‘Ethics of Translation’ (?)

As a presumptive translator I’m nagged by a sense of straying where I don’t belong. Where is my writ to translate into a non-native language, for example? I didn’t suck Spanish from mother’s teat. How can I possibly match what a native could do? Likely I can’t, but catch me not trying if I choose.

A poorly written and superficial article by the BBC stirs the putrid pot of who is entitled, or not, to translate whom and what.

Poet Amanda Gorman, who is Black, recited her poem “The Hill We Climb” at President Biden’s inauguration. (I saw it live.) Her performance was a resounding success and widely acclaimed.

Dutch writer Marieke Lucas Rijneveld, who is White, was commissioned by a Dutch publisher, with Gorman’s sign-off, to translate Gorman’s poem into Dutch.

Janice Deul, Dutch journalist and diversity campaigner who is Black, raised objection over the choice of a White woman to translate the poem. The decision, she said, “perpetuated the marginalisation of black voices in the Netherlands.”

Among the many examples of black Dutch poets are Zaire Krieger, whose work encapsulates the challenges of being a woman of colour in a white country, Rachel Rumai who recently featured in an Afro Lit anthology and spoken word artist Babs Gons, whose Polyglot was chosen as the poem for 2021 Dutch Book Week.

Marieke Lucas Rijneveld withdrew from the project to make way for someone closer to Gorman’s ethnicity and culture.

(Anna Holligan, “Why a white poet did not translate Amanda Gorman,” bbc.com, 3-10-21)

Much opportunity for venturesome translators lies beneath this controversy. Craft, in my view, should lead. Who crosses lines sought to be drawn, and how, will be of keen interest.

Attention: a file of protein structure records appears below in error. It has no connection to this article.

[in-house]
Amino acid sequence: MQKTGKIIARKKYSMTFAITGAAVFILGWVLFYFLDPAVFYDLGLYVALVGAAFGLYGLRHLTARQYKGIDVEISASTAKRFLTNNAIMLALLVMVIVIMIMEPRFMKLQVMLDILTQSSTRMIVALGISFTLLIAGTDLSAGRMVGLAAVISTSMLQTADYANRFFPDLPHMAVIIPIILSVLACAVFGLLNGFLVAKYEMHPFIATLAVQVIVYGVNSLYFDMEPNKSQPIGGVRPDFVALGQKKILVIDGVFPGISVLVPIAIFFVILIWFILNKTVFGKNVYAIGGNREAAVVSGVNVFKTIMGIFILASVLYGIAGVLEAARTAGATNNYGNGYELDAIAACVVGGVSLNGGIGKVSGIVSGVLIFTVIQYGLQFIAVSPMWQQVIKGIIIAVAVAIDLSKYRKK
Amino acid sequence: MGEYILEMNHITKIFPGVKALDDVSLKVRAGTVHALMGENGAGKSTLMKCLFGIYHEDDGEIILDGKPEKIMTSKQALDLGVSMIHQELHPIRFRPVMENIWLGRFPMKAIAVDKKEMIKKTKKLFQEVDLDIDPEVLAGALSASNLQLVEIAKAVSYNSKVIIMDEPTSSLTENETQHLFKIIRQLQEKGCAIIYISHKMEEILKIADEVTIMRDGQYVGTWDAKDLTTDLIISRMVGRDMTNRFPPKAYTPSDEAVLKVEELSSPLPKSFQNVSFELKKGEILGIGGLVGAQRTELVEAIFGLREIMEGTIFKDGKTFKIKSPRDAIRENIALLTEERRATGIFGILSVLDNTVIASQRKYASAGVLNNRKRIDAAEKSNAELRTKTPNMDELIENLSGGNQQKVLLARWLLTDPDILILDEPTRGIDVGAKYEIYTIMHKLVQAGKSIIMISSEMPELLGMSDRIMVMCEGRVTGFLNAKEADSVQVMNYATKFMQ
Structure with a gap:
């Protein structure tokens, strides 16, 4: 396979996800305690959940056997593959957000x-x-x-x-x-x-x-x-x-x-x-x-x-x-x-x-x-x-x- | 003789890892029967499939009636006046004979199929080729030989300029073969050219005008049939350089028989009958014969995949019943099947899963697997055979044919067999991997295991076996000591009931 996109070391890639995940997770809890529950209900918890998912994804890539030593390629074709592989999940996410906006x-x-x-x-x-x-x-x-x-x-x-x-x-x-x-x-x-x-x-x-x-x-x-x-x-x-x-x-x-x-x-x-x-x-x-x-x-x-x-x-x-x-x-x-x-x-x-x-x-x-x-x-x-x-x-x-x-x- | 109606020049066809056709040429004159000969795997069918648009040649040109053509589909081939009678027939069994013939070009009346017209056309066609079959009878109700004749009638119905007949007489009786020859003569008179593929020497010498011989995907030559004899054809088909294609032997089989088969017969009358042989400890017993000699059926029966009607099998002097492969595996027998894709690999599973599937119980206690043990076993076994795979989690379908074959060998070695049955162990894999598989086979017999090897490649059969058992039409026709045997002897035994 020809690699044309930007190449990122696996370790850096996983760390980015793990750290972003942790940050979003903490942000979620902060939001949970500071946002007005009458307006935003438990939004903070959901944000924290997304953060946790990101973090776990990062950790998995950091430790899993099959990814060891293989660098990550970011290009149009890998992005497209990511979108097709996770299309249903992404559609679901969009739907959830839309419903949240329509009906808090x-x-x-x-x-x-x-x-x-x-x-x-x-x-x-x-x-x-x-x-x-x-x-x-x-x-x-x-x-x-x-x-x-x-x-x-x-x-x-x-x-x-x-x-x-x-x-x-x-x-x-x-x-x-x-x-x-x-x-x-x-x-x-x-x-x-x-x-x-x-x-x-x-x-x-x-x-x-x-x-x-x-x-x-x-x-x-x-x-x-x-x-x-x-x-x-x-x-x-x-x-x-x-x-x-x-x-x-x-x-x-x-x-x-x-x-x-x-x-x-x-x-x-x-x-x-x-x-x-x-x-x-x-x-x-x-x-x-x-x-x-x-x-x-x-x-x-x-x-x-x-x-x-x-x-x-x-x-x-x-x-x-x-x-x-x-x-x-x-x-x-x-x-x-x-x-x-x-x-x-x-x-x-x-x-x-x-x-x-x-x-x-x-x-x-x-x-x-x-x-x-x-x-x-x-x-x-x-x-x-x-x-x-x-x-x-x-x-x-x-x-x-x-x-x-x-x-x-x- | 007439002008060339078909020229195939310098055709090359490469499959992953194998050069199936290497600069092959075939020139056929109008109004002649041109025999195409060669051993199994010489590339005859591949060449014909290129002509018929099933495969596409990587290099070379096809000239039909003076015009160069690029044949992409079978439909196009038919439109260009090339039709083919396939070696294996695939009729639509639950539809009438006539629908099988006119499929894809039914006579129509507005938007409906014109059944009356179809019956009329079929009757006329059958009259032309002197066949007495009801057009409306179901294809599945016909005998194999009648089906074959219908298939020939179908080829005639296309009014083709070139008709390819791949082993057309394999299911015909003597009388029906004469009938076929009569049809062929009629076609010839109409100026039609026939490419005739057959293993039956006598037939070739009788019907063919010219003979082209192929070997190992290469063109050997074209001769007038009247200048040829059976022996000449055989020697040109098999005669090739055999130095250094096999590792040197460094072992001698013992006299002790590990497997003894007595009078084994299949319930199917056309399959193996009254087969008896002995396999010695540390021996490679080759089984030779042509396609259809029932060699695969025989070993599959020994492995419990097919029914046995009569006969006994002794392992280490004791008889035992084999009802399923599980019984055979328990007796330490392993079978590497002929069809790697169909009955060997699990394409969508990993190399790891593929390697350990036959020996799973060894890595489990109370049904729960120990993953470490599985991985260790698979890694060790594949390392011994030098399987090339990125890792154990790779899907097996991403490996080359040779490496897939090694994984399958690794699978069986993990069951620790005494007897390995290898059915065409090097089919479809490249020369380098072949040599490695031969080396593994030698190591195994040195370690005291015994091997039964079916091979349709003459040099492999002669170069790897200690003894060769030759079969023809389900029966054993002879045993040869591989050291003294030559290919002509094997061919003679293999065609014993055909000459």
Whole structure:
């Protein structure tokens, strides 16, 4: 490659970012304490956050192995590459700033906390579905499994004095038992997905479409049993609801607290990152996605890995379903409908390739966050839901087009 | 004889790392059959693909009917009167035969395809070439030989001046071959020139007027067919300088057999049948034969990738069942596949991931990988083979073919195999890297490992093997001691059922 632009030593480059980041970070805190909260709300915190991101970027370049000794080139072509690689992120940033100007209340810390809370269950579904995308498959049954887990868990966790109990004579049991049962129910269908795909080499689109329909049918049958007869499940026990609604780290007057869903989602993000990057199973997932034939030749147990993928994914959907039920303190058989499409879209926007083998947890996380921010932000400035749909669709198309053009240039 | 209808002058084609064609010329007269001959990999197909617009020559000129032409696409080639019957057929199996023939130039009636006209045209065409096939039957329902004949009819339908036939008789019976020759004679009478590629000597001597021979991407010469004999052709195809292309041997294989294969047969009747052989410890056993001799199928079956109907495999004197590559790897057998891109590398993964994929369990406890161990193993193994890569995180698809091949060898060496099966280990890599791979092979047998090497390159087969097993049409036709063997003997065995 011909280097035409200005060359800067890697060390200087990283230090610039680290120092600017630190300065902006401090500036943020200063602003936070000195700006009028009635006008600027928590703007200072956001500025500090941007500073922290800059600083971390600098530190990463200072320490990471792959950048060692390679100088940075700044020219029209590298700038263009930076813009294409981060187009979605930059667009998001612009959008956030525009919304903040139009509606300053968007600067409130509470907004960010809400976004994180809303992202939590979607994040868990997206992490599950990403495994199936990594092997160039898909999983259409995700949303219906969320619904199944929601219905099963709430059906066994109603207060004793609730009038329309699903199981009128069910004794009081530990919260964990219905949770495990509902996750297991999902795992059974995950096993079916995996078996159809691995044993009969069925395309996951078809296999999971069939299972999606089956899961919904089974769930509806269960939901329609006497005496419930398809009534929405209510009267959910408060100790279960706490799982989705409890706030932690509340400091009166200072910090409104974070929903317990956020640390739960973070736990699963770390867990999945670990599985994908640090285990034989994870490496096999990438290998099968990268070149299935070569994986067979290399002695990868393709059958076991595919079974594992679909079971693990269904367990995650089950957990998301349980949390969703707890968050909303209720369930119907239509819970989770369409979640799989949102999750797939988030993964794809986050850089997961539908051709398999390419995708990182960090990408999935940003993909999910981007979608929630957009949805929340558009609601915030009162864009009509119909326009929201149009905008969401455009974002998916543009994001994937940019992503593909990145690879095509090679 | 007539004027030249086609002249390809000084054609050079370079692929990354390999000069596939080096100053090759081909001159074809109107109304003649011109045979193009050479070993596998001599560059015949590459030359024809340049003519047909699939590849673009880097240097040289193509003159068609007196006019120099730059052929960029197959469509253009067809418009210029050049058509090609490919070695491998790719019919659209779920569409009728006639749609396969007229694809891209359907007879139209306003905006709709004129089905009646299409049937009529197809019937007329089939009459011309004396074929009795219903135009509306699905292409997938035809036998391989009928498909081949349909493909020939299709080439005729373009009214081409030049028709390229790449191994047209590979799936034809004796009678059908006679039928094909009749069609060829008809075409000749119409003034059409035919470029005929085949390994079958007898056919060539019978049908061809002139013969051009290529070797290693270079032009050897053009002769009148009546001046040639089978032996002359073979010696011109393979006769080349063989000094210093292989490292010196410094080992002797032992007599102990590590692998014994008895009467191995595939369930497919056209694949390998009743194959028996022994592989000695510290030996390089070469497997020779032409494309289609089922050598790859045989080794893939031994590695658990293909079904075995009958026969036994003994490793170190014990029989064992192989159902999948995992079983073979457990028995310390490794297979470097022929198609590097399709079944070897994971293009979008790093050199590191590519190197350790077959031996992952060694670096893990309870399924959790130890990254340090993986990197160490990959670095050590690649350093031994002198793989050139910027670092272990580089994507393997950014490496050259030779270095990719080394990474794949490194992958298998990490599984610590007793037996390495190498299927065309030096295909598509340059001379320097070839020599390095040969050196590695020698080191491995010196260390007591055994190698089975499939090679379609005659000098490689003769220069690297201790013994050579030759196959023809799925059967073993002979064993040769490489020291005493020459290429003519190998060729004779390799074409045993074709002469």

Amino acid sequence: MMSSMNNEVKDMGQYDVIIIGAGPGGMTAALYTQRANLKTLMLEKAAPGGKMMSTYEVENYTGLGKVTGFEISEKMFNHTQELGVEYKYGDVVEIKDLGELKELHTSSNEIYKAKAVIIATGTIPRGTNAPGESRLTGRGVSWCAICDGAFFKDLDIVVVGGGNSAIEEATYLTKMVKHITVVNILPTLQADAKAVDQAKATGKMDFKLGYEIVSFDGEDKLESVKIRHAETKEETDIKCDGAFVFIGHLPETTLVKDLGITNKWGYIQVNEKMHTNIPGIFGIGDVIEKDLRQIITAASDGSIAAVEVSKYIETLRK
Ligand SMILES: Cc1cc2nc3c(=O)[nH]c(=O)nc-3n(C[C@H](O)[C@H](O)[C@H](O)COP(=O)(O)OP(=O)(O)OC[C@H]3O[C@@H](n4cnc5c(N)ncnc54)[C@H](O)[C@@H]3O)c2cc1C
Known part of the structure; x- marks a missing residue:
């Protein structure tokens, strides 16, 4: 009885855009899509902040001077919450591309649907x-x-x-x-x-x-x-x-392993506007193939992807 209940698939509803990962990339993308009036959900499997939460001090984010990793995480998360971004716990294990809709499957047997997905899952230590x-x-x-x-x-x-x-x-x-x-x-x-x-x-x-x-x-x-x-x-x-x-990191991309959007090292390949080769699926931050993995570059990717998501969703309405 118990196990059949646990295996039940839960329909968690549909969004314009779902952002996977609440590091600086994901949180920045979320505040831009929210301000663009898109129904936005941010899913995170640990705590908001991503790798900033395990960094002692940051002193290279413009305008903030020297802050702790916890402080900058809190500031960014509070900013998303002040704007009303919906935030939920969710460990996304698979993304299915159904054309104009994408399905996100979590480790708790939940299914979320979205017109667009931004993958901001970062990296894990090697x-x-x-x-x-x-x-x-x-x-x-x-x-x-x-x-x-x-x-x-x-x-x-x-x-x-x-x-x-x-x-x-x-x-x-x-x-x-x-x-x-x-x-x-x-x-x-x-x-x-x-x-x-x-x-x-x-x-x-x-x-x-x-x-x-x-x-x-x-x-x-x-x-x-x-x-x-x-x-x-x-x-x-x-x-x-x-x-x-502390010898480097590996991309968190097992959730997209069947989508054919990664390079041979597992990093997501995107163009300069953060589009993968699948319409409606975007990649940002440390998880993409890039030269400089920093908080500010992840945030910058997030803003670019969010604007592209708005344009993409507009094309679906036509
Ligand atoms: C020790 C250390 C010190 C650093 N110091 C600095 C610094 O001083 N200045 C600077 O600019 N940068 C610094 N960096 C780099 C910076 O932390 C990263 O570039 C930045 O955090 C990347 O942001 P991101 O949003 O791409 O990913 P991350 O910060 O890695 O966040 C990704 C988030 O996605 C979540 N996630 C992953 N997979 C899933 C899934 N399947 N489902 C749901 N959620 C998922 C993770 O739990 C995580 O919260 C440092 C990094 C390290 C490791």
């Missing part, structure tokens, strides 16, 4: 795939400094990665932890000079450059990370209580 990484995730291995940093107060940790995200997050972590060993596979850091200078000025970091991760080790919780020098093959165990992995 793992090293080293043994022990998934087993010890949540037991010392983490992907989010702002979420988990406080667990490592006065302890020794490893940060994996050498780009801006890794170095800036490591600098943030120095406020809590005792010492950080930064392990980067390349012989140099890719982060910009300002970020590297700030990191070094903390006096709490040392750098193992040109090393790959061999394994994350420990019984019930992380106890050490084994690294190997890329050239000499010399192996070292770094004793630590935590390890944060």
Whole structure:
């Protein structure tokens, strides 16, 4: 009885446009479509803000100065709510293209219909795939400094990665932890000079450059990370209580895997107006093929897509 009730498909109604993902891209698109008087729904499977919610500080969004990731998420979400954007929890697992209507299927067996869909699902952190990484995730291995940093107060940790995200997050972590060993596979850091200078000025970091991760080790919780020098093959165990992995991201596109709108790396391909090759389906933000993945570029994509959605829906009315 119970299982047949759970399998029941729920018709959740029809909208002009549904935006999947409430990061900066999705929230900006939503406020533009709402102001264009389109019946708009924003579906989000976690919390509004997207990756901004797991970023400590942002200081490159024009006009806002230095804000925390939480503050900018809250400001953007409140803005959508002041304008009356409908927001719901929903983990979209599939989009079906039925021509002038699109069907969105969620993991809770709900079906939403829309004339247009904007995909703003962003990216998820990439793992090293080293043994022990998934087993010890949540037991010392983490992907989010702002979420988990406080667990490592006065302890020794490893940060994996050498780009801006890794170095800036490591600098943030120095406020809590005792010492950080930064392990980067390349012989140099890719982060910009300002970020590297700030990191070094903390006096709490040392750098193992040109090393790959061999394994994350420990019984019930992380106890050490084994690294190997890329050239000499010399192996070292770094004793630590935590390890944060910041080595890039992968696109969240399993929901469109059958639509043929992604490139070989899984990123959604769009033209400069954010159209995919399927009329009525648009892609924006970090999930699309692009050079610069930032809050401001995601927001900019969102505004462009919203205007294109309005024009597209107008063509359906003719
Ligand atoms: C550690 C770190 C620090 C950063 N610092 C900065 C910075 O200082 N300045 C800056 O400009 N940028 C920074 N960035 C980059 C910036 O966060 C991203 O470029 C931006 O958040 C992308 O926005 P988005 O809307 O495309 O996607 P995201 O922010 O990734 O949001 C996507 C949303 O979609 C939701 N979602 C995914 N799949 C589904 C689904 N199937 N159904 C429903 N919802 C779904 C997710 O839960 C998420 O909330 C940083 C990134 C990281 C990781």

(c) 2021 JMN

About JMN

I live in Texas and devote much of my time to easel painting on an amateur basis. I stream a lot of music, mostly jazz, throughout the day. I like to read and memorize poetry.
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4 Responses to ‘Ethics of Translation’ (?)

  1. Daedalus Lex says:

    I understand there are different perspectives worth hearing on this interesting topic, but mine is this: When creatively identifying with each other across demographic lines becomes the #1 sin in the arts, we’ve pretty much lost everything the Civil Rights movement fought for. It is particularly disheartening that those who ludicrously call themselves “progressives” are leading the rollback. The whole point pre-woke was that we can and should share our hearts fully without getting trapped in such reified concepts as “race.”

    Liked by 1 person

    • JMN says:

      Well said! It’s unsettling that notions of trespassing on “alien” cultural turf — opposition to it — seem to be ascendant even on university campuses. It IS a complex issue, as you state, and worth rich dialog and open minds. Where I stand, at present, is in favor of the option to try out other voices in one form or another, or to “imagine oneself” creatively into different skins. The result should stand or fall on esthetic grounds, but not be proscribed out of hand. Thank you for your visit and comment, Daedalus Lex.

      Liked by 1 person

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